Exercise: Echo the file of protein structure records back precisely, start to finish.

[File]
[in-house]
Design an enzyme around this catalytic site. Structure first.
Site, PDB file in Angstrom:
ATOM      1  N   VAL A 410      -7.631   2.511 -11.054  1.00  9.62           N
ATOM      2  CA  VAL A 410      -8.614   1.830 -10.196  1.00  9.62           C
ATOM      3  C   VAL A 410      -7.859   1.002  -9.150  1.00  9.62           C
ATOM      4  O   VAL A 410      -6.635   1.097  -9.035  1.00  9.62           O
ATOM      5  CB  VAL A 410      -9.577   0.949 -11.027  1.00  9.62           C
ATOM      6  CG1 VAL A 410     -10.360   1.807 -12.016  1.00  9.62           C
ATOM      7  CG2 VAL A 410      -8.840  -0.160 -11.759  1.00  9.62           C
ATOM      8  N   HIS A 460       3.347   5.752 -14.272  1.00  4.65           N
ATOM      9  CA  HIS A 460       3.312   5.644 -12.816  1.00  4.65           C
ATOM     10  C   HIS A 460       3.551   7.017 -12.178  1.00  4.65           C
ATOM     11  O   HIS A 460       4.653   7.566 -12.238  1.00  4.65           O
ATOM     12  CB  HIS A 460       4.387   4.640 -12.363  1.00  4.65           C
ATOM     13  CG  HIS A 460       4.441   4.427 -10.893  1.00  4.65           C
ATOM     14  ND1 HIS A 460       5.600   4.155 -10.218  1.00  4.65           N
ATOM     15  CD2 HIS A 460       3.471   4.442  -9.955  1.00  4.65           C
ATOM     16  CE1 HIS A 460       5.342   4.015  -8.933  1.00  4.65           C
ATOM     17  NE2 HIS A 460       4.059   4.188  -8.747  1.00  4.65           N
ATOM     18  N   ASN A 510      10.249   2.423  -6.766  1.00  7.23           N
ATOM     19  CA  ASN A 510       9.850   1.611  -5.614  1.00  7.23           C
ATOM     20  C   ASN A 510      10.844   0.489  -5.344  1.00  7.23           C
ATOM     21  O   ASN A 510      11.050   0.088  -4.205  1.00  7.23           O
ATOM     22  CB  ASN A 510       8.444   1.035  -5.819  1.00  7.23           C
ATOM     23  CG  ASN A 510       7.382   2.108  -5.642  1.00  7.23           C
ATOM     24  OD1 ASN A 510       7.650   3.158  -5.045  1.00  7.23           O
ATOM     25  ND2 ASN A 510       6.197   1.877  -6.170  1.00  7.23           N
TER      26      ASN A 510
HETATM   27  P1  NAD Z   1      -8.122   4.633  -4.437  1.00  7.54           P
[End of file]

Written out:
[in-house]
Design an enzyme around this catalytic site. Structure first.
Site, PDB file in Angstrom:
ATOM      1  N   VAL A 410      -7.631   2.511 -11.054  1.00  9.62           N
ATOM      2  CA  VAL A 410      -8.614   1.830 -10.196  1.00  9.62           C
ATOM      3  C   VAL A 410      -7.859   1.002  -9.150  1.00  9.62           C
ATOM      4  O   VAL A 410      -6.635   1.097  -9.035  1.00  9.62           O
ATOM      5  CB  VAL A 410      -9.577   0.949 -11.027  1.00  9.62           C
ATOM      6  CG1 VAL A 410     -10.360   1.807 -12.016  1.00  9.62           C
ATOM      7  CG2 VAL A 410      -8.840  -0.160 -11.759  1.00  9.62           C
ATOM      8  N   HIS A 460       3.347   5.752 -14.272  1.00  4.65           N
ATOM      9  CA  HIS A 460       3.312   5.644 -12.816  1.00  4.65           C
ATOM     10  C   HIS A 460       3.551   7.017 -12.178  1.00  4.65           C
ATOM     11  O   HIS A 460       4.653   7.566 -12.238  1.00  4.65           O
ATOM     12  CB  HIS A 460       4.387   4.640 -12.363  1.00  4.65           C
ATOM     13  CG  HIS A 460       4.441   4.427 -10.893  1.00  4.65           C
ATOM     14  ND1 HIS A 460       5.600   4.155 -10.218  1.00  4.65           N
ATOM     15  CD2 HIS A 460       3.471   4.442  -9.955  1.00  4.65           C
ATOM     16  CE1 HIS A 460       5.342   4.015  -8.933  1.00  4.65           C
ATOM     17  NE2 HIS A 460       4.059   4.188  -8.747  1.00  4.65           N
ATOM     18  N   ASN A 510      10.249   2.423  -6.766  1.00  7.23           N
ATOM     19  CA  ASN A 510       9.850   1.611  -5.614  1.00  7.23           C
ATOM     20  C   ASN A 510      10.844   0.489  -5.344  1.00  7.23           C
ATOM     21  O   ASN A 510      11.050   0.088  -4.205  1.00  7.23           O
ATOM     22  CB  ASN A 510       8.444   1.035  -5.819  1.00  7.23           C
ATOM     23  CG  ASN A 510       7.382   2.108  -5.642  1.00  7.23           C
ATOM     24  OD1 ASN A 510       7.650   3.158  -5.045  1.00  7.23           O
ATOM     25  ND2 ASN A 510       6.197   1.877  -6.170  1.00  7.23           N
TER      26      ASN A 510
HETATM   27  P1  NAD Z   1      -8.122   4.633  -4.437  1.00  7.54           P